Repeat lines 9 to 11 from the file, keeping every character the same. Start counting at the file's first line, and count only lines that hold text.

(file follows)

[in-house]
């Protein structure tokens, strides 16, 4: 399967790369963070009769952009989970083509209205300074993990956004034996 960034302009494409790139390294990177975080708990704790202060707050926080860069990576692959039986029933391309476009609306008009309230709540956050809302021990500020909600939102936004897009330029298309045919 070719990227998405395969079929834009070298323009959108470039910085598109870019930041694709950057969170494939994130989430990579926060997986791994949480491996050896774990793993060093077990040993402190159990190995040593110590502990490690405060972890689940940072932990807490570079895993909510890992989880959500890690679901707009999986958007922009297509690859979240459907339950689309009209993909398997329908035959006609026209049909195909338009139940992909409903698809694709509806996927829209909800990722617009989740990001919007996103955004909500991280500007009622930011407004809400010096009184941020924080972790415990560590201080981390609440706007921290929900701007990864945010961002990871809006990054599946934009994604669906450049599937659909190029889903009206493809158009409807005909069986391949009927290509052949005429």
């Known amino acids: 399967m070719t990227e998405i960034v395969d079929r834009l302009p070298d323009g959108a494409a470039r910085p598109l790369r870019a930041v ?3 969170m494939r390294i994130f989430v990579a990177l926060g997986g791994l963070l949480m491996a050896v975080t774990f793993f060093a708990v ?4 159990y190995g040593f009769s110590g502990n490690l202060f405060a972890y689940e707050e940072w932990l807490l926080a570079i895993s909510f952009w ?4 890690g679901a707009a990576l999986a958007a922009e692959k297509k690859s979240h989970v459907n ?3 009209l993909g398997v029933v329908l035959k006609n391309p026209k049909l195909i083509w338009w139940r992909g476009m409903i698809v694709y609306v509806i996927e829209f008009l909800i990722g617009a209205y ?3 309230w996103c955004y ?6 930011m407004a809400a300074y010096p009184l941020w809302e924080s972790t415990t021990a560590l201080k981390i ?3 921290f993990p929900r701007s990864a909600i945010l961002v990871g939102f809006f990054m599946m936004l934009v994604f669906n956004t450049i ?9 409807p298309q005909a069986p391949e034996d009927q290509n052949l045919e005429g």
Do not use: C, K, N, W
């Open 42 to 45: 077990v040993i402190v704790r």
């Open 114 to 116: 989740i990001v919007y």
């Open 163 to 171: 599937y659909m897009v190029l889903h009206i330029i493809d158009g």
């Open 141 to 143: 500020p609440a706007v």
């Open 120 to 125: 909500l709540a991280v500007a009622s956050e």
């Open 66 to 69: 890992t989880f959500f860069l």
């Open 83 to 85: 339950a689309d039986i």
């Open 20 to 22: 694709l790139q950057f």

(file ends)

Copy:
């Open 120 to 125: 909500l709540a991280v500007a009622s956050e």
């Open 66 to 69: 890992t989880f959500f860069l």
């Open 83 to 85: 339950a689309d039986i």